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Study: Kids of Lesbian Parents Are Well-Adjusted

Researchers Say Children of Lesbian Parents Have Fewer Behavior Problems
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How to explain the good results? "These are not accidental children," Gartrell tells WebMD.

The babies, she notes, were all planned, all conceived through donor insemination. "The moms tended to be older and attended parenting classes. They were very involved in the process of education [for their children]."

''They anticipated their kids would experience stigmatization," she says, and many discussed how to handle it, both with family members and at discussions at their child's school. She describes the parents as ''very committed."

Were the mothers realistic in rating their kids? Gartrell thinks so. ''We saw a tremendous amount of candor,'' she says. The checklists include more than 100 items.

Gartrell can't say with certainly whether the findings would apply to gay fathers. It's ''highly likely," she says. But gay couples who have a child through a surrogate is much more recent phenomenon than lesbian couples opting for donor insemination, so the research will take time to catch up, she says.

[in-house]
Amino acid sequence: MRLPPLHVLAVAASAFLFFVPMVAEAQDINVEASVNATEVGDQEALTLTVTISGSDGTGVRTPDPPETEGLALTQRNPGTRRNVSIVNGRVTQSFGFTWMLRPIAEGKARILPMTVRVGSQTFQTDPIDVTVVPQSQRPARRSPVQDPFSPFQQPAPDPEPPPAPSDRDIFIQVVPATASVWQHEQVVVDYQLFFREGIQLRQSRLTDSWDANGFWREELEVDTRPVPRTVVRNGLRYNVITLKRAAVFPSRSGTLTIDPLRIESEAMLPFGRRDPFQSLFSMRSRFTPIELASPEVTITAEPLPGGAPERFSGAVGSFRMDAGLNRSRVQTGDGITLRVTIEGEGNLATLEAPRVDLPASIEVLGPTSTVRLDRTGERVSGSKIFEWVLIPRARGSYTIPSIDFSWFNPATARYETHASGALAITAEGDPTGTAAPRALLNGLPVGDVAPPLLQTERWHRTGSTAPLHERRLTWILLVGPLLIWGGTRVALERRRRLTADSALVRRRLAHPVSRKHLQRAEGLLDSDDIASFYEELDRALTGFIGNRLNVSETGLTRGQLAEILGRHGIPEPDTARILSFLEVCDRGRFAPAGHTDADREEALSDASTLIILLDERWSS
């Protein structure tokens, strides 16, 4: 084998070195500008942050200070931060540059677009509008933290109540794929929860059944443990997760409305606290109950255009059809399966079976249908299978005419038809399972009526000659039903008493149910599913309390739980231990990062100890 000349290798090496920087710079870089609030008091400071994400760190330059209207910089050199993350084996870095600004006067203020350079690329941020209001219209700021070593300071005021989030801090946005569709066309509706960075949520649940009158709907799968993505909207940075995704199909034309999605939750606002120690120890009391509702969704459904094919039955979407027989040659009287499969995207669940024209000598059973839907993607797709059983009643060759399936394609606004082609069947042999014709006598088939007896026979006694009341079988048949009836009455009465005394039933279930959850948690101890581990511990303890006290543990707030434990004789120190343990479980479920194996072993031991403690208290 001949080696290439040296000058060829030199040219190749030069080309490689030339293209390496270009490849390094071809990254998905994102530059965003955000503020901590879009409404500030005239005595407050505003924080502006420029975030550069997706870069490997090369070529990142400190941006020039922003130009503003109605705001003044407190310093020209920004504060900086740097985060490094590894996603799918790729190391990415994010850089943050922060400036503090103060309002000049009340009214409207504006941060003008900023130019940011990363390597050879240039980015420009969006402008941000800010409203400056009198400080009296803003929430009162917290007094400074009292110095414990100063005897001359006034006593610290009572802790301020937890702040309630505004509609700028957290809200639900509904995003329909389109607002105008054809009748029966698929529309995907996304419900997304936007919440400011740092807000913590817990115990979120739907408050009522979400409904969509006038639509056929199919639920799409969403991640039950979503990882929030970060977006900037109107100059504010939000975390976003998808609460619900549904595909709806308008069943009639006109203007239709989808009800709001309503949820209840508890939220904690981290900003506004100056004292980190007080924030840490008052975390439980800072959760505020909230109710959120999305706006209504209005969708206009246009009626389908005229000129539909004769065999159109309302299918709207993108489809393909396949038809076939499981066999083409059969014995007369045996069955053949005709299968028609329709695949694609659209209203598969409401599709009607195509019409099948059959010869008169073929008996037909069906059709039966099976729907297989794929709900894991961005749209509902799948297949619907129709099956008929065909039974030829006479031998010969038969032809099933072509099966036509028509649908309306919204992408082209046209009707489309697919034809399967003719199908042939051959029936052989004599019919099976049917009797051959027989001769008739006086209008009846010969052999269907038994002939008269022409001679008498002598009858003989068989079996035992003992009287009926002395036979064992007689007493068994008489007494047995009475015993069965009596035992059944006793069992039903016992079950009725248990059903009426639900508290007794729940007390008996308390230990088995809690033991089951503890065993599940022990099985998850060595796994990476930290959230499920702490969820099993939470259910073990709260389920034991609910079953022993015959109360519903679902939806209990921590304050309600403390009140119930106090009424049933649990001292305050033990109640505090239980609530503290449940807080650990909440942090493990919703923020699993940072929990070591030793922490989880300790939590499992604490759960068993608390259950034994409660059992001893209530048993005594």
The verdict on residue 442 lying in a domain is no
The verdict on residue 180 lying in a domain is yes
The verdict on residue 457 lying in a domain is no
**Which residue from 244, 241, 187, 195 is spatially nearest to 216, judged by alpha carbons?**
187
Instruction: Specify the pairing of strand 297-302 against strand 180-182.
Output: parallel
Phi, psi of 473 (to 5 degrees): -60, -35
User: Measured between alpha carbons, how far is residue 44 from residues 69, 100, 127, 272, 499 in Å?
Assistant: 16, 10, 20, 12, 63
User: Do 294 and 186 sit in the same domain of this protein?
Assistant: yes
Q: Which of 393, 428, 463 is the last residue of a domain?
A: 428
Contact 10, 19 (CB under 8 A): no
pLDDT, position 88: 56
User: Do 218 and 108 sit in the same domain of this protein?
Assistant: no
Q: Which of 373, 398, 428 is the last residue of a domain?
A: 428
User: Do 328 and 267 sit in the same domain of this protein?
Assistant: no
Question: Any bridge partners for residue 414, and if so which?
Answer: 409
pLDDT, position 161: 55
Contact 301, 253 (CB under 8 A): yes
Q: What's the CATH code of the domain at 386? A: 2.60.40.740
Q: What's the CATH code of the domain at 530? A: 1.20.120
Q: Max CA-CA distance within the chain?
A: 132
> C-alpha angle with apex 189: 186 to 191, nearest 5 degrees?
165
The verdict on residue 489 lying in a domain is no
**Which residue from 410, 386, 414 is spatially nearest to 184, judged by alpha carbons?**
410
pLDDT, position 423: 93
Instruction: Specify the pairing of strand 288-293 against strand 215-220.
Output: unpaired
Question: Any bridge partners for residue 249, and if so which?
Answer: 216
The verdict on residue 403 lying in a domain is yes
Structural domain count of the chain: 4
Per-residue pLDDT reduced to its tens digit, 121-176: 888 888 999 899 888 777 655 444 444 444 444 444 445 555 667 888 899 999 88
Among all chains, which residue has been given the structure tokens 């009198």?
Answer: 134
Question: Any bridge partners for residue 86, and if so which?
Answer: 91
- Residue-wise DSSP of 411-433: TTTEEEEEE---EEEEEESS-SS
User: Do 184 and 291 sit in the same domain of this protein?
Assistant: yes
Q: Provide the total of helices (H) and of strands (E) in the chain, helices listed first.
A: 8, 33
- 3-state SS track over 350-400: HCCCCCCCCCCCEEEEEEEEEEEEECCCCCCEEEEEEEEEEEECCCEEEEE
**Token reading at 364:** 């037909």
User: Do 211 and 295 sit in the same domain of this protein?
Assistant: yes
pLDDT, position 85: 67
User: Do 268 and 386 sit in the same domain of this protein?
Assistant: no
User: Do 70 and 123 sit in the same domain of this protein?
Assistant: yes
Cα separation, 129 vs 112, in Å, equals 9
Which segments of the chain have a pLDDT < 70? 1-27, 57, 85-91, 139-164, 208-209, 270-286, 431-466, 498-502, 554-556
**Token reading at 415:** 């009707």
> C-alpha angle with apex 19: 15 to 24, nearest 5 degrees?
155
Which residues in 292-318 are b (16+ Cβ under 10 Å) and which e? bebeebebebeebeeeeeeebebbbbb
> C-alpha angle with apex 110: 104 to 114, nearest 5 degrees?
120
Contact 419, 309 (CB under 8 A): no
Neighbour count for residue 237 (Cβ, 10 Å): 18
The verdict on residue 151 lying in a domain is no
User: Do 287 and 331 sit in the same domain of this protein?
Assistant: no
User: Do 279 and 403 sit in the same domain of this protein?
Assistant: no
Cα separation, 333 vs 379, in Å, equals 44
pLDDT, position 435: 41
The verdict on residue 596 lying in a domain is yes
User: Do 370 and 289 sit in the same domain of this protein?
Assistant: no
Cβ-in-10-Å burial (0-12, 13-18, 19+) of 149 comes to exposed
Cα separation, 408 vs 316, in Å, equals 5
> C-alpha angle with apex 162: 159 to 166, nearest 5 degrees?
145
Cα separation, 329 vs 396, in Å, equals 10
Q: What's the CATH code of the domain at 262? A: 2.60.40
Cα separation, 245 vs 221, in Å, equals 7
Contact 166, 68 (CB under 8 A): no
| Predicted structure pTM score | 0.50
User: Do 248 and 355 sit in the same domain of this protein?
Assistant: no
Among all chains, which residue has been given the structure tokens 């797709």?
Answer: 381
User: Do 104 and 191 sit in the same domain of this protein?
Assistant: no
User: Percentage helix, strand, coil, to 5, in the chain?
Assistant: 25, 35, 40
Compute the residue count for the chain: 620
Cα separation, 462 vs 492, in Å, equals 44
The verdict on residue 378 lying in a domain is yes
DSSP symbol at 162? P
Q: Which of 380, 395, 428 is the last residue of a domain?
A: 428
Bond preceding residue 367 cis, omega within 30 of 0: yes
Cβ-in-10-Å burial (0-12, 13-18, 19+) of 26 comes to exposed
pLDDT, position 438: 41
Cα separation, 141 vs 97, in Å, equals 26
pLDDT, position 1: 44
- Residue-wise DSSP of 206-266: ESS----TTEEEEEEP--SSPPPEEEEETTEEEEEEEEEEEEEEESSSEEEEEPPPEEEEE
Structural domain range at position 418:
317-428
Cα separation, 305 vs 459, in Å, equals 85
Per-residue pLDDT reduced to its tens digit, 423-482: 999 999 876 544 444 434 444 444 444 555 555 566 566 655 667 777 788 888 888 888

The follow-up on the families she studies will continue, Gartrell says. Bos, her co-author, plans to replicate the study in the Netherlands. The study was funded by a variety of organizations, including the Lesbian Health Fund of the Gay and Lesbian Medical Association and others, but the funders had no roles in the study, Gartrell says.

''What's really impressive is the long-term follow-up," says Ellen Perrin, MD, a professor of pediatrics at the Floating Hospital for Children at Tufts Medical Center, Boston. She reviewed the paper before publication for the authors but was not involved in it otherwise.

While much research has been published on younger children in lesbian families, there's ''almost no understanding of what happens as they become adults," says Perrin.

The good news from the latest report, she tells WebMD, is that these children are doing very well socially, psychologically, and academically. Adding credibility, Perrin says, is the high retention rate -- 93% of the original participants are still being followed. "Very few people have been able to do that," she says. "That makes the data very valuable."

Will the results change the minds of those opposed to same-sex parenting? "I hope it does," Perrin says. "People need to look at the information."

WebMD requested comments on the new research from two organizations that favor traditional family structures -- Focus on the Family and the Family Research Council.  Spokespeople for both groups said they will try to review the findings and provide comment, but those comments were not received in time for publishing.

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